Planes in flight and static
Dassault Falcon 50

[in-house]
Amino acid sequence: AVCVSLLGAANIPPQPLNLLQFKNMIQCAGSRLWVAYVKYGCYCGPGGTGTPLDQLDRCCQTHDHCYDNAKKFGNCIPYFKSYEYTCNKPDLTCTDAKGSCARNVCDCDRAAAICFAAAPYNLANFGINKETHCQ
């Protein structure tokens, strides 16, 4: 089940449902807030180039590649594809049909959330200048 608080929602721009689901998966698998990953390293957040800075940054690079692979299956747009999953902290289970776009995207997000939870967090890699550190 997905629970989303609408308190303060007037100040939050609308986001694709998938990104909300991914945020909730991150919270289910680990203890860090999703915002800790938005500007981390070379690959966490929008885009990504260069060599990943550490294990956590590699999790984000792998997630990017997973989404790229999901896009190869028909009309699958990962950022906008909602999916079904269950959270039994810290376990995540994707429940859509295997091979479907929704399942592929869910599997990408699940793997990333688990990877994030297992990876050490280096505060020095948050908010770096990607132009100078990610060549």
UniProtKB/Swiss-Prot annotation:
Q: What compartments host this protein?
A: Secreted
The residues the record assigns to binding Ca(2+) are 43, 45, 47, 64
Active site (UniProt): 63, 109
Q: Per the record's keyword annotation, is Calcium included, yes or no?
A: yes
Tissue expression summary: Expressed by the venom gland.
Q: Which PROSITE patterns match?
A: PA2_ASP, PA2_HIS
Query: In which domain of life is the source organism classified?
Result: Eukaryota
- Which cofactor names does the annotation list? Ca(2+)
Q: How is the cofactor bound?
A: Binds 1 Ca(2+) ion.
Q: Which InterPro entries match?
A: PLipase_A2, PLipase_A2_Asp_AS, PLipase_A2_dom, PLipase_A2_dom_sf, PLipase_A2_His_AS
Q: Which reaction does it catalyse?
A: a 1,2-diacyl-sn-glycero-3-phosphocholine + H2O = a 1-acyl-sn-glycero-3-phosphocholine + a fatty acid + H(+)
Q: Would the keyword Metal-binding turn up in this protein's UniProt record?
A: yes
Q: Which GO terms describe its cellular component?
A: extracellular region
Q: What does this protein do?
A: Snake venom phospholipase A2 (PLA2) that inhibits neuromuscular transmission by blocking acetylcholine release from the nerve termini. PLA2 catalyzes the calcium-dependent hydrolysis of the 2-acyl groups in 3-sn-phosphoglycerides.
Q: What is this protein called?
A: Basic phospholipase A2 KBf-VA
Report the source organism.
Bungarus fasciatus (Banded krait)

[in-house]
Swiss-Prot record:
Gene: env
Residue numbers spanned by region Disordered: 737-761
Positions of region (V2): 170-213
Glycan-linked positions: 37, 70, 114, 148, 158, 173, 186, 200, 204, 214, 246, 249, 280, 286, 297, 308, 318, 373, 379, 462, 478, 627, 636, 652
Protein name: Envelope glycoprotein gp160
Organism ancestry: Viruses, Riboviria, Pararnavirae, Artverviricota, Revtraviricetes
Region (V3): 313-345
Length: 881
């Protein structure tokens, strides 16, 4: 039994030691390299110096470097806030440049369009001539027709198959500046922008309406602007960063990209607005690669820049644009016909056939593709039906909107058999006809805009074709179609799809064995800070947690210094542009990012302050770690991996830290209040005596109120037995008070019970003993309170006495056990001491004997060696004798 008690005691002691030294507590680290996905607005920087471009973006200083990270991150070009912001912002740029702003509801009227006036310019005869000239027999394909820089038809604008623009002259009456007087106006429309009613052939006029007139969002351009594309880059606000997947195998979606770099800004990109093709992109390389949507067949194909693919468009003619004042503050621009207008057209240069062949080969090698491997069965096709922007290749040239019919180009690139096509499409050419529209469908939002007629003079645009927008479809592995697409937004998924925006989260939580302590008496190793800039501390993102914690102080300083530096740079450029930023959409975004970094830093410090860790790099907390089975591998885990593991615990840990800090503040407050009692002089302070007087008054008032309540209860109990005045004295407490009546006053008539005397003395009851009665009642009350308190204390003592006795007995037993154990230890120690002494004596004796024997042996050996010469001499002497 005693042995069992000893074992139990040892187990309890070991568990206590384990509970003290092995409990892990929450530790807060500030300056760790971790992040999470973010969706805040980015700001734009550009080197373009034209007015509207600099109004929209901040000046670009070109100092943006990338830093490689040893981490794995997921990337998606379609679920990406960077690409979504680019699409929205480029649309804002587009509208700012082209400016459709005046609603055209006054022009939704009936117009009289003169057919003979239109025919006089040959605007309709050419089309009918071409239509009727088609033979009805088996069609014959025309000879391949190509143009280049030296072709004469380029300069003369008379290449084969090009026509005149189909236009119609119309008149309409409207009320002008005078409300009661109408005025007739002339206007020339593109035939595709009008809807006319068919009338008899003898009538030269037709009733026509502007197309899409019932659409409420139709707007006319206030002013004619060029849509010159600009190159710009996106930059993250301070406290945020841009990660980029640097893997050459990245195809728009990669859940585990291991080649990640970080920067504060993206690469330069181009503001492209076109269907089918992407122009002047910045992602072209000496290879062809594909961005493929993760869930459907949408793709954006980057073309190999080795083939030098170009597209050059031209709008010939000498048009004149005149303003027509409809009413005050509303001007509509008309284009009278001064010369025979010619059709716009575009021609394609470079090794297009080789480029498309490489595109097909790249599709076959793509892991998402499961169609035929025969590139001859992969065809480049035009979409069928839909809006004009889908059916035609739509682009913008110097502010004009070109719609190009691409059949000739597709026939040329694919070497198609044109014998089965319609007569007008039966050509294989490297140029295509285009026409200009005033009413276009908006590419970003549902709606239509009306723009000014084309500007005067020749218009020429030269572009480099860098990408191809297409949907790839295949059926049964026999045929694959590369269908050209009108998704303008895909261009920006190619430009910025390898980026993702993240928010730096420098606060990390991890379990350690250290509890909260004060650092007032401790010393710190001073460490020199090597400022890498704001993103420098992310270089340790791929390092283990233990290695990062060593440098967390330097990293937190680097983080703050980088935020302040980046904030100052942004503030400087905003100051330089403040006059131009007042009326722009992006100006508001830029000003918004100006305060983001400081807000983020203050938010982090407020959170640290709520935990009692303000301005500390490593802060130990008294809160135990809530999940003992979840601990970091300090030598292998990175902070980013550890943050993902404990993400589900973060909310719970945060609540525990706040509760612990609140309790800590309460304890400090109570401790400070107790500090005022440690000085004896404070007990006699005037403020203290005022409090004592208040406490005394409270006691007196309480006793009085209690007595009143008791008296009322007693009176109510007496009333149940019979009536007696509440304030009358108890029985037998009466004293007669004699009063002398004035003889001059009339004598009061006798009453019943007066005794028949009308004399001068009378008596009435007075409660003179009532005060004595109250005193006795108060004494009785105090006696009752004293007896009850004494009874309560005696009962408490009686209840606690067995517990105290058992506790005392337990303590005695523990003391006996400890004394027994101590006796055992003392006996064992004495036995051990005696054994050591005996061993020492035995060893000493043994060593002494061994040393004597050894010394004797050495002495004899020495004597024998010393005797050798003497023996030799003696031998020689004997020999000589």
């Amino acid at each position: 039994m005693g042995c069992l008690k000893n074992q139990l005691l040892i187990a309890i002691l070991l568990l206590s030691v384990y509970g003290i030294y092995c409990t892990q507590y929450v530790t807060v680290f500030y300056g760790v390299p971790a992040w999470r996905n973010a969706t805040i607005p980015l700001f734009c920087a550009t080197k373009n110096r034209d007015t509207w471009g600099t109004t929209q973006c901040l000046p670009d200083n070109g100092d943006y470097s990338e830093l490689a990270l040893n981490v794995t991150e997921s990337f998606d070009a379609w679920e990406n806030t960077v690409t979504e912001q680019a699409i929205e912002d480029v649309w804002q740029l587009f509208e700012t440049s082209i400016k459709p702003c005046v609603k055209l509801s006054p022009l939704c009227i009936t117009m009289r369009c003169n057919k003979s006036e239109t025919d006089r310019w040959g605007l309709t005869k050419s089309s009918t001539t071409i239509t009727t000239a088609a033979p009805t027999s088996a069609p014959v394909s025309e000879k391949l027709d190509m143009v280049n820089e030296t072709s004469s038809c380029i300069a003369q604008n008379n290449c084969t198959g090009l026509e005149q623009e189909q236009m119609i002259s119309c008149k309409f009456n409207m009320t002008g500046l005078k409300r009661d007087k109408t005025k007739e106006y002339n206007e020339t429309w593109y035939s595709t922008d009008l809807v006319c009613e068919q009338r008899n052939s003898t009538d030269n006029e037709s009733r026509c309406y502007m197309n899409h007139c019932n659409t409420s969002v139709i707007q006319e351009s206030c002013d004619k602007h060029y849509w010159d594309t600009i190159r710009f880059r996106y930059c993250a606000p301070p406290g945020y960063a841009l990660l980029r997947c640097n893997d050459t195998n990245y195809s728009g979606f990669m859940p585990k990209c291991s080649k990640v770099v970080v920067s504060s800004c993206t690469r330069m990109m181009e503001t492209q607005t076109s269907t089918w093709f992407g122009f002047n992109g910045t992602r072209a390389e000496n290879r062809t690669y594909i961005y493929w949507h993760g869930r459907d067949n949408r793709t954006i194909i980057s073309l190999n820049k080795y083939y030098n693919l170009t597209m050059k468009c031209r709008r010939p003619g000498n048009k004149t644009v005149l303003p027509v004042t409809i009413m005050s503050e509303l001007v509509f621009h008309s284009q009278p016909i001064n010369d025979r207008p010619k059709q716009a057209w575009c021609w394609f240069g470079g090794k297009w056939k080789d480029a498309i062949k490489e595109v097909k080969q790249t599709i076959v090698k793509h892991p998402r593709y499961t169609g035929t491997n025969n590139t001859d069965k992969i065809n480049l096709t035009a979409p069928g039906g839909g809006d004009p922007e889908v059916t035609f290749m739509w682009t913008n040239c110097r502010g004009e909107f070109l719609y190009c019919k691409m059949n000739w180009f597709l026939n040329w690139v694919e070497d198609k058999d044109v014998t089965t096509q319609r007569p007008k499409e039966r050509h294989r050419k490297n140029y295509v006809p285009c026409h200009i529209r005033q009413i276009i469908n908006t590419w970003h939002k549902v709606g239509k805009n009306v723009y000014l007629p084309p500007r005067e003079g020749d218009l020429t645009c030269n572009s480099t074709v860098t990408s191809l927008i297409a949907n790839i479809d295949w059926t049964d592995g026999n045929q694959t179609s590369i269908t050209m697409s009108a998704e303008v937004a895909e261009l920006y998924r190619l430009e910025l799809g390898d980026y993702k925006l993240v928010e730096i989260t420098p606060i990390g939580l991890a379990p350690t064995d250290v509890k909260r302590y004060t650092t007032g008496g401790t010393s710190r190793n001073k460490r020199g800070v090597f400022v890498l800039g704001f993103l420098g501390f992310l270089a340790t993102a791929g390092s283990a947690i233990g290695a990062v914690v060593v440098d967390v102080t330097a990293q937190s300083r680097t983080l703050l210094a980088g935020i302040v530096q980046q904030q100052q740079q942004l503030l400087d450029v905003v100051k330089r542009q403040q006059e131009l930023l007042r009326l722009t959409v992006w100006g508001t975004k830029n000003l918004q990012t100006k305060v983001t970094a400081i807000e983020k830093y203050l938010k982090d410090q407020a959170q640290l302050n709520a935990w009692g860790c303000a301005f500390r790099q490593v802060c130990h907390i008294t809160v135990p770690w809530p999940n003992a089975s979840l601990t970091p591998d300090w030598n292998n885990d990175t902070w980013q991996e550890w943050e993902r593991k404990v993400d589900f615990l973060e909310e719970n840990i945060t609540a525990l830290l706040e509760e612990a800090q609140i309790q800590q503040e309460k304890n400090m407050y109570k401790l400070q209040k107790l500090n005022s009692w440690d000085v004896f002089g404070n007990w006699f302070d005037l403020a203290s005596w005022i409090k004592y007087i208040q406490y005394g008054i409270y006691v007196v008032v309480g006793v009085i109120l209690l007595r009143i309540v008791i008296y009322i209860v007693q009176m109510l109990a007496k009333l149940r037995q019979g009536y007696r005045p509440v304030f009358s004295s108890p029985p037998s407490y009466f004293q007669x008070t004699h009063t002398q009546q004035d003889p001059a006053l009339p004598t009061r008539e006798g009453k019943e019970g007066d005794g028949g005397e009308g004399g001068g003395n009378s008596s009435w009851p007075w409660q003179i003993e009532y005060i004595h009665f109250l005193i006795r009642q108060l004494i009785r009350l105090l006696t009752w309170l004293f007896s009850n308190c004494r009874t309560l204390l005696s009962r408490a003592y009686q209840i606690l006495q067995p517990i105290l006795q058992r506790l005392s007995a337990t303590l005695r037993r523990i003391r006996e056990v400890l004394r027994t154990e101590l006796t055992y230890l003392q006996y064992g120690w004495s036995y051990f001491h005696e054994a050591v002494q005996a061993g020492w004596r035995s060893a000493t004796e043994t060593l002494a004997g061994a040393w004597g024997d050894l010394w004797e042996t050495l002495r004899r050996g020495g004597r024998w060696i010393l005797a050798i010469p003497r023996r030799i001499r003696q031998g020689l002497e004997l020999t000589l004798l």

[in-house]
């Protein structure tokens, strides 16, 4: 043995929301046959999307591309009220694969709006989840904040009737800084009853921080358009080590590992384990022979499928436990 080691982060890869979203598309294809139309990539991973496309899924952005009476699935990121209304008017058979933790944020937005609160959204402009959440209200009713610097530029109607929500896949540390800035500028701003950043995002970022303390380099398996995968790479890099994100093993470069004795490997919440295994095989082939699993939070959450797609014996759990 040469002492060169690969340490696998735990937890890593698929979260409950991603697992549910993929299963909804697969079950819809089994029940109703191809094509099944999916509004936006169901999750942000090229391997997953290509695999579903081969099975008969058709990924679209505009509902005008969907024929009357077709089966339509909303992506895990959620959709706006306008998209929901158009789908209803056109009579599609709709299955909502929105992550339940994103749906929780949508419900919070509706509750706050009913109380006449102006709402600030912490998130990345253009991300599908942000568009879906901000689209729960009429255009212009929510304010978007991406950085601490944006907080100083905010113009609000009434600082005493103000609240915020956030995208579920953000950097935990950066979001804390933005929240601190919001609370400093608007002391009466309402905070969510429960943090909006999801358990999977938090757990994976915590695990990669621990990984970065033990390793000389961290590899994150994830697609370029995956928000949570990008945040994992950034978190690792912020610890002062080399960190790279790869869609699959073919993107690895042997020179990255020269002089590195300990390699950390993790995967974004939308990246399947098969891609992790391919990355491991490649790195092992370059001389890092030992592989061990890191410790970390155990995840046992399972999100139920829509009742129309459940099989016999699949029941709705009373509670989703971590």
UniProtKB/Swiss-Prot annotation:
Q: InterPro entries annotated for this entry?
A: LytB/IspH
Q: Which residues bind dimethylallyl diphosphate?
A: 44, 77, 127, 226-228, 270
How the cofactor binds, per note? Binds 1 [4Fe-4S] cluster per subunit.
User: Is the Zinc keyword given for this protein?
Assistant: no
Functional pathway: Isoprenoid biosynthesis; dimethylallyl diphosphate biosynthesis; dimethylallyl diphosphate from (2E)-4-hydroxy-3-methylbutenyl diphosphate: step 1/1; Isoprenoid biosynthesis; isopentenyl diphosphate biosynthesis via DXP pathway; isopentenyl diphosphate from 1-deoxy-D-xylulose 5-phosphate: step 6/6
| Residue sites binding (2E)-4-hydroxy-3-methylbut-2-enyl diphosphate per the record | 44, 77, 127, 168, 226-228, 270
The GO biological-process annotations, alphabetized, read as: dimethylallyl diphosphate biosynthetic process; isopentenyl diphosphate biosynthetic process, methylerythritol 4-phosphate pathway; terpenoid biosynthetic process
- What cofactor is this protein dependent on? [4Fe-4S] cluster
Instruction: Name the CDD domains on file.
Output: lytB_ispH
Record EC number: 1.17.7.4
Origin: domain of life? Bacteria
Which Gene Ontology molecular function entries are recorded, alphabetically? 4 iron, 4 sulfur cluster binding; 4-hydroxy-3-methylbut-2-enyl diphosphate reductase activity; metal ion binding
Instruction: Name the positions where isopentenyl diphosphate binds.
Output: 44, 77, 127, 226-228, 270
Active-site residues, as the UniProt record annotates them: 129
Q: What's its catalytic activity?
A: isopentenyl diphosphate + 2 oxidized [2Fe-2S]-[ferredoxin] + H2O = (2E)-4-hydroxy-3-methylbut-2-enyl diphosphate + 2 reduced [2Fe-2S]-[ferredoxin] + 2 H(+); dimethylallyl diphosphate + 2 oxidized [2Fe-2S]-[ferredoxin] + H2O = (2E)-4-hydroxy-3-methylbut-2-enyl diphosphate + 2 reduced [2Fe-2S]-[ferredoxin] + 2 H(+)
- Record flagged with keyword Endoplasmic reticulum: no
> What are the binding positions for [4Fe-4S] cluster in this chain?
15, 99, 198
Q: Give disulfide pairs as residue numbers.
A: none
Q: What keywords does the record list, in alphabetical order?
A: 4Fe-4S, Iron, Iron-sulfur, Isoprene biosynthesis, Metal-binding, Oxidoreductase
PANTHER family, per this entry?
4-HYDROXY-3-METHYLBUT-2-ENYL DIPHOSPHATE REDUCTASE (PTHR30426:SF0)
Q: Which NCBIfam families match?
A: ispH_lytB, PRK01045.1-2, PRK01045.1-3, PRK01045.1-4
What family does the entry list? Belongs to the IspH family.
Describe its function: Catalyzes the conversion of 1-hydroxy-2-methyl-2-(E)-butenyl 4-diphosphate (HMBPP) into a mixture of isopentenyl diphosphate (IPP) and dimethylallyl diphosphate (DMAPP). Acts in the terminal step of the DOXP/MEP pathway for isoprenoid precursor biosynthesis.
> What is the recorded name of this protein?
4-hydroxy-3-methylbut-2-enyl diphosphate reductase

To meet American demand for a long-range aircraft, the study of the Falcon 50 was launched in 1974. It will have to travel 3,400 nm or 6,300 km with FAR 121 reserves, or cross the Atlantic. North or the United States, nonstop. Before him, no business jet could cross the Atlantic while respecting the standards inherent in public transport. In December 1976, the Company's management decided to transform the prototype by equipping it with an optimized wing to reduce "supercritical" zone effects. The first flight with the new wing took place on May 6, 1977 in Istres, with Hervé Leprince-Ringuet and Gérard Joyeuse at the controls. The aircraft confirms the hopes placed in the wing formula. The Falcon 50 becomes the first civil aircraft in the world equipped with a supercritical wing. Certification was obtained on February 27, 1979. The technological “leap” due to the choice of such a wing is considerable. It allows Dassault to equip the new Falcon 900 and Falcon 2000 models with only a slight optimization. Industrialization was launched in November 1976 after an agreement between the Government, Aerospatiale and Dassault.